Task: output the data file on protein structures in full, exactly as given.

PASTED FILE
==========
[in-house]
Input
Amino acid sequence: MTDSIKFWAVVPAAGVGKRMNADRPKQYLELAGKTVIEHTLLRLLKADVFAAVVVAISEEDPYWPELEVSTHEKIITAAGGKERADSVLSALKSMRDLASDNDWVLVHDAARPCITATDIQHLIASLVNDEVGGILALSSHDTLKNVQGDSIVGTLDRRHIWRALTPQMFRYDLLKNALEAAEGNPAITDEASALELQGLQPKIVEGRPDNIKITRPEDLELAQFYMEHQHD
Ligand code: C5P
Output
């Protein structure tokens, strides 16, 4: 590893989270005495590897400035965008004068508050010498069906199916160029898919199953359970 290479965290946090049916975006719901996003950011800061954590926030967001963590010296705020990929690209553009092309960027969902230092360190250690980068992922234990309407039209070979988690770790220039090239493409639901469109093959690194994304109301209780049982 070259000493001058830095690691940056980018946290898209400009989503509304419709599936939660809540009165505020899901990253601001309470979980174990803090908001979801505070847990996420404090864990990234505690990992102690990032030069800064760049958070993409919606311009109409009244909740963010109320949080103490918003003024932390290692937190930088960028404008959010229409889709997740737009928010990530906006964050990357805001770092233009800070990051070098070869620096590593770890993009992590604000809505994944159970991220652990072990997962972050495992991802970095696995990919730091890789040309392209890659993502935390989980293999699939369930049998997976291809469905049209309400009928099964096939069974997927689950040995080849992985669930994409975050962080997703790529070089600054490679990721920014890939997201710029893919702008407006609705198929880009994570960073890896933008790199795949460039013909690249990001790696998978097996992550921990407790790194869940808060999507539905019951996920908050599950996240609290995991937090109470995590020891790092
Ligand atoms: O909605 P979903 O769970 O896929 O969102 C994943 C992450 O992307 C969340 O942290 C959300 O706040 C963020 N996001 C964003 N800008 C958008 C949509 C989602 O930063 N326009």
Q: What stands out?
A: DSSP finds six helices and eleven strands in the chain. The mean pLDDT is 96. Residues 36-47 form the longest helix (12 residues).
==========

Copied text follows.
[in-house]
Input
Amino acid sequence: MTDSIKFWAVVPAAGVGKRMNADRPKQYLELAGKTVIEHTLLRLLKADVFAAVVVAISEEDPYWPELEVSTHEKIITAAGGKERADSVLSALKSMRDLASDNDWVLVHDAARPCITATDIQHLIASLVNDEVGGILALSSHDTLKNVQGDSIVGTLDRRHIWRALTPQMFRYDLLKNALEAAEGNPAITDEASALELQGLQPKIVEGRPDNIKITRPEDLELAQFYMEHQHD
Ligand code: C5P
Output
């Protein structure tokens, strides 16, 4: 590893989270005495590897400035965008004068508050010498069906199916160029898919199953359970 290479965290946090049916975006719901996003950011800061954590926030967001963590010296705020990929690209553009092309960027969902230092360190250690980068992922234990309407039209070979988690770790220039090239493409639901469109093959690194994304109301209780049982 070259000493001058830095690691940056980018946290898209400009989503509304419709599936939660809540009165505020899901990253601001309470979980174990803090908001979801505070847990996420404090864990990234505690990992102690990032030069800064760049958070993409919606311009109409009244909740963010109320949080103490918003003024932390290692937190930088960028404008959010229409889709997740737009928010990530906006964050990357805001770092233009800070990051070098070869620096590593770890993009992590604000809505994944159970991220652990072990997962972050495992991802970095696995990919730091890789040309392209890659993502935390989980293999699939369930049998997976291809469905049209309400009928099964096939069974997927689950040995080849992985669930994409975050962080997703790529070089600054490679990721920014890939997201710029893919702008407006609705198929880009994570960073890896933008790199795949460039013909690249990001790696998978097996992550921990407790790194869940808060999507539905019951996920908050599950996240609290995991937090109470995590020891790092
Ligand atoms: O909605 P979903 O769970 O896929 O969102 C994943 C992450 O992307 C969340 O942290 C959300 O706040 C963020 N996001 C964003 N800008 C958008 C949509 C989602 O930063 N326009």
Q: What stands out?
A: DSSP finds six helices and eleven strands in the chain. The mean pLDDT is 96. Residues 36-47 form the longest helix (12 residues).